Ultimately this will depend on the context of your proposition. It’ll require experimentation and like we referenced early on, means you’re likely to design new patterns rather than relying on the old.

If you do anything ambitious, put it to the test and figure it works really effectively, please get in touch. We’d love to hear about your experience.

Iconography

Data, how it’s used and what that usage might mean can be a really complicated thing to understand. One of the biggest challenges we face today is simplifying this so people get it to the point at which they can actually make informed choices.

There are a bunch of ways we might be able to do this. One of them is helping to create simple, visual associations with data through the use of icons.

As an example, let’s say you’d implemented the COEL Standard. You might create an icon for each of the 32 clusters. From there there might be an adaptation of each of the 32 icons for the class level and so on.

Using the Classification of Everyday Living is just one practical example of how iconography might help simplify complex data structures. We’re still at the asking questions stage, and as is the case with a lot of this work, rely on experimentation to determine how we might move forward in meaningful ways.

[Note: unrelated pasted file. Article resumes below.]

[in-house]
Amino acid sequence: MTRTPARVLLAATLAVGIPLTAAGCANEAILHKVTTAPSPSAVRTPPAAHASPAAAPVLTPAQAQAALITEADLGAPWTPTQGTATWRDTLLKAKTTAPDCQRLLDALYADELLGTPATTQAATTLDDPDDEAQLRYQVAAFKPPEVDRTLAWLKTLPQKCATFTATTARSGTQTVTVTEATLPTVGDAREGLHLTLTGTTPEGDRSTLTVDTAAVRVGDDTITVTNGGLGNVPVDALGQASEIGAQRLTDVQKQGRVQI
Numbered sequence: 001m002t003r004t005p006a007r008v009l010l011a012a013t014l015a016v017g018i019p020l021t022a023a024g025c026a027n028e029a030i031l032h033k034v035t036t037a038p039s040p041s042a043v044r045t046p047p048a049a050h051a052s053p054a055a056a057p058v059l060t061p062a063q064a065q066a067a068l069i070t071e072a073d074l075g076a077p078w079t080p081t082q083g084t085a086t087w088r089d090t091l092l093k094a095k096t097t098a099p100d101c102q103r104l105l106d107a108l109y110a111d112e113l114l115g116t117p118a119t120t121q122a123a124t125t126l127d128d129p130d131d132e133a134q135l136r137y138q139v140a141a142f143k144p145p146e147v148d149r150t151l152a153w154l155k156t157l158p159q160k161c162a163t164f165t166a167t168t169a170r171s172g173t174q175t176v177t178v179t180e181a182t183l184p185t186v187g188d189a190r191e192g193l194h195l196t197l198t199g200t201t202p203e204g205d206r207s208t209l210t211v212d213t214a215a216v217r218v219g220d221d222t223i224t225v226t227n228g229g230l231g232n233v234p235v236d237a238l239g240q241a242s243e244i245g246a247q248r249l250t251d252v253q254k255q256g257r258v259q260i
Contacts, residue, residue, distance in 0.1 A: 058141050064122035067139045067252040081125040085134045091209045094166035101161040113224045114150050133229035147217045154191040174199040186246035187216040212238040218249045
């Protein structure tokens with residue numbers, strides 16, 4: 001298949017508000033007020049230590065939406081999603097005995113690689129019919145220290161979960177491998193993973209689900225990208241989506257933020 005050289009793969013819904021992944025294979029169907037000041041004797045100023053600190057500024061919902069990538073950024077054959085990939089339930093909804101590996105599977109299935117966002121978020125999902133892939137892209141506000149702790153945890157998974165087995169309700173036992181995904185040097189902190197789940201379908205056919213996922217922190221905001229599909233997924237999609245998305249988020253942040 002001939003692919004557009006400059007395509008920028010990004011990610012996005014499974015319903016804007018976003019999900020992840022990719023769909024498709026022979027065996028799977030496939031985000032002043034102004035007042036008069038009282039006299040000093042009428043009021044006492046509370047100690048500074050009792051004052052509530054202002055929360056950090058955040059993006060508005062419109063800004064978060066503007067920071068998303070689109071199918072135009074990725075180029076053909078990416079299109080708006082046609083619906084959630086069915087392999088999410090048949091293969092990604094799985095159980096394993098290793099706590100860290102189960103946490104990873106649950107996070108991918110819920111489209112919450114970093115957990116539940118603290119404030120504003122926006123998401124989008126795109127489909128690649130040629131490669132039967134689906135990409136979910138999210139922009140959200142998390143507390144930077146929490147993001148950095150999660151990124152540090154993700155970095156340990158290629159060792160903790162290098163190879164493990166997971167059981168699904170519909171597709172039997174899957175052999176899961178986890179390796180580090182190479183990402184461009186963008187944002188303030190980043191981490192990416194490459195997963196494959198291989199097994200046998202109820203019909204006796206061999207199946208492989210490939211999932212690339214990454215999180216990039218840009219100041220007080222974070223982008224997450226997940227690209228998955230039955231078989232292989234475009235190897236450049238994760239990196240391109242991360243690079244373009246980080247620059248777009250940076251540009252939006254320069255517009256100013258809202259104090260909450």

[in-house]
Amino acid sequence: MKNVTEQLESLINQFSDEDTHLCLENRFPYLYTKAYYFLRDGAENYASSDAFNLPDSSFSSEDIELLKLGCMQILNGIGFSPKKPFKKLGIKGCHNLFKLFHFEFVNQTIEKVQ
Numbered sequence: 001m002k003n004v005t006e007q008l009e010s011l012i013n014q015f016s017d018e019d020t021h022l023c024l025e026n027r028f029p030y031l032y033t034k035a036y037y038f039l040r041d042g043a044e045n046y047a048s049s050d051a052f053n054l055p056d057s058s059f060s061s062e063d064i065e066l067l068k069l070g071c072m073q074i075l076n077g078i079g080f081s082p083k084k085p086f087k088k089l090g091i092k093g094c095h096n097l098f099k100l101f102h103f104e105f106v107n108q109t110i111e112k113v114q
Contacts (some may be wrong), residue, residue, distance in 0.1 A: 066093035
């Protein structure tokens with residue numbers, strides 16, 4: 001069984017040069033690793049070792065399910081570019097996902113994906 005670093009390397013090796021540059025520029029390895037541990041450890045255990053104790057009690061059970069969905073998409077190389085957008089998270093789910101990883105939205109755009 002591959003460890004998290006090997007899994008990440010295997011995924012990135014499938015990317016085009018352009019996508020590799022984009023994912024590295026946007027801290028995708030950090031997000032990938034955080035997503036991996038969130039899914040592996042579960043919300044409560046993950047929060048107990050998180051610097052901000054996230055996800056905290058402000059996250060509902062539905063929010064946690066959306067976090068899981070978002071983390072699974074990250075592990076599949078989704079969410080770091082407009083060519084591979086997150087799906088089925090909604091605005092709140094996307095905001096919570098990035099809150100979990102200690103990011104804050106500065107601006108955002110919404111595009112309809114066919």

Metrics

This came up in a post about the design implications of Open Banking. Consent Efficacy is going to become an organisational asset. It’s not just a compliance thing. It’s not just an ethics thing. Consent has business value.

Specific metrics will almost certainly differ slightly by organisation. Broadly, however, it’s pretty safe the say if you’re asking for someone’s consent, you’d really like them to give it to you.

Here’s an interesting example from a media group testing different consent notices and their efficacy. After reading the entirety of this post and familiarising yourself with the regulatory guidance (if you’re not already) you may note this brand has some work to do…

By taking the considerations from our post and engaging in an experiment-driven process, you will increase the likelihood consent becomes your organisational asset. How you measure that is up to you.

Complexity

A heap of focused guidance from organisations like the ICO and Article 29 Working party now exist. They’re excellent resources and certainly assist in our cause to inform, empower and enable the people we serve to make choices about how they interact with digital services. However, our experience leads us to believe that, although much of this guidance is rather explicit, organisational interpretations will drive implementation decisions. These interpretations will likely define the constraints we acknowledge as part of our design practice.